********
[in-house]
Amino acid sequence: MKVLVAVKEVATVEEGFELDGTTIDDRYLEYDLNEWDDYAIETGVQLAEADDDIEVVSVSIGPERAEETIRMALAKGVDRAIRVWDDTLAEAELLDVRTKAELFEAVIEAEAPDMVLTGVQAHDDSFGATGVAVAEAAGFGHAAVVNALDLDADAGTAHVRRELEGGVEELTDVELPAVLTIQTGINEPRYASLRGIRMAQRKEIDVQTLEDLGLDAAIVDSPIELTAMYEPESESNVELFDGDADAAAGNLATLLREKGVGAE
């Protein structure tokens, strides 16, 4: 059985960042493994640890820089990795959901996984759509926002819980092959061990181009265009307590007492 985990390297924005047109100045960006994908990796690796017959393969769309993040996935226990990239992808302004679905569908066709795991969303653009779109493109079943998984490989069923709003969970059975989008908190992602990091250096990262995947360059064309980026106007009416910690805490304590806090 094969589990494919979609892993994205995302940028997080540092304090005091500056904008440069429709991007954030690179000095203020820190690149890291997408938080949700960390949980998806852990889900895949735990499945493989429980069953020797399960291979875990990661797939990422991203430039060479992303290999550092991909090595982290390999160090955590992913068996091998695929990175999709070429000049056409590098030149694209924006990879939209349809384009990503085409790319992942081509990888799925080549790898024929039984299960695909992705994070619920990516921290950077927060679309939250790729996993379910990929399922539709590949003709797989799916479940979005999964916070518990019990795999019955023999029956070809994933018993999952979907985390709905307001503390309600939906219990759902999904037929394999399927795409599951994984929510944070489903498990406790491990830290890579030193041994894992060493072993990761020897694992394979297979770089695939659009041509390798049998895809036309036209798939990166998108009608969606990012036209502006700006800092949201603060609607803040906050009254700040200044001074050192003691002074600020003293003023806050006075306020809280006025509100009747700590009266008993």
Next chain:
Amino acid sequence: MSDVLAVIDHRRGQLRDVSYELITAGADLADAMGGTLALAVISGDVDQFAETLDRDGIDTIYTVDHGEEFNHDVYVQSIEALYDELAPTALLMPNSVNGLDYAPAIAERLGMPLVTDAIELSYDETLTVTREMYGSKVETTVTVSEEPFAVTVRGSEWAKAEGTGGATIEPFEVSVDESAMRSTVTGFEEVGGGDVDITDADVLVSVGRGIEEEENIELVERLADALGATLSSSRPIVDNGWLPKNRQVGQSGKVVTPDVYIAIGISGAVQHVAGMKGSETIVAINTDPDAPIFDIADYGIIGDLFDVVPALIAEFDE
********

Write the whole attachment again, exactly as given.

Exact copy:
[in-house]
Amino acid sequence: MKVLVAVKEVATVEEGFELDGTTIDDRYLEYDLNEWDDYAIETGVQLAEADDDIEVVSVSIGPERAEETIRMALAKGVDRAIRVWDDTLAEAELLDVRTKAELFEAVIEAEAPDMVLTGVQAHDDSFGATGVAVAEAAGFGHAAVVNALDLDADAGTAHVRRELEGGVEELTDVELPAVLTIQTGINEPRYASLRGIRMAQRKEIDVQTLEDLGLDAAIVDSPIELTAMYEPESESNVELFDGDADAAAGNLATLLREKGVGAE
């Protein structure tokens, strides 16, 4: 059985960042493994640890820089990795959901996984759509926002819980092959061990181009265009307590007492 985990390297924005047109100045960006994908990796690796017959393969769309993040996935226990990239992808302004679905569908066709795991969303653009779109493109079943998984490989069923709003969970059975989008908190992602990091250096990262995947360059064309980026106007009416910690805490304590806090 094969589990494919979609892993994205995302940028997080540092304090005091500056904008440069429709991007954030690179000095203020820190690149890291997408938080949700960390949980998806852990889900895949735990499945493989429980069953020797399960291979875990990661797939990422991203430039060479992303290999550092991909090595982290390999160090955590992913068996091998695929990175999709070429000049056409590098030149694209924006990879939209349809384009990503085409790319992942081509990888799925080549790898024929039984299960695909992705994070619920990516921290950077927060679309939250790729996993379910990929399922539709590949003709797989799916479940979005999964916070518990019990795999019955023999029956070809994933018993999952979907985390709905307001503390309600939906219990759902999904037929394999399927795409599951994984929510944070489903498990406790491990830290890579030193041994894992060493072993990761020897694992394979297979770089695939659009041509390798049998895809036309036209798939990166998108009608969606990012036209502006700006800092949201603060609607803040906050009254700040200044001074050192003691002074600020003293003023806050006075306020809280006025509100009747700590009266008993």
Next chain:
Amino acid sequence: MSDVLAVIDHRRGQLRDVSYELITAGADLADAMGGTLALAVISGDVDQFAETLDRDGIDTIYTVDHGEEFNHDVYVQSIEALYDELAPTALLMPNSVNGLDYAPAIAERLGMPLVTDAIELSYDETLTVTREMYGSKVETTVTVSEEPFAVTVRGSEWAKAEGTGGATIEPFEVSVDESAMRSTVTGFEEVGGGDVDITDADVLVSVGRGIEEEENIELVERLADALGATLSSSRPIVDNGWLPKNRQVGQSGKVVTPDVYIAIGISGAVQHVAGMKGSETIVAINTDPDAPIFDIADYGIIGDLFDVVPALIAEFDE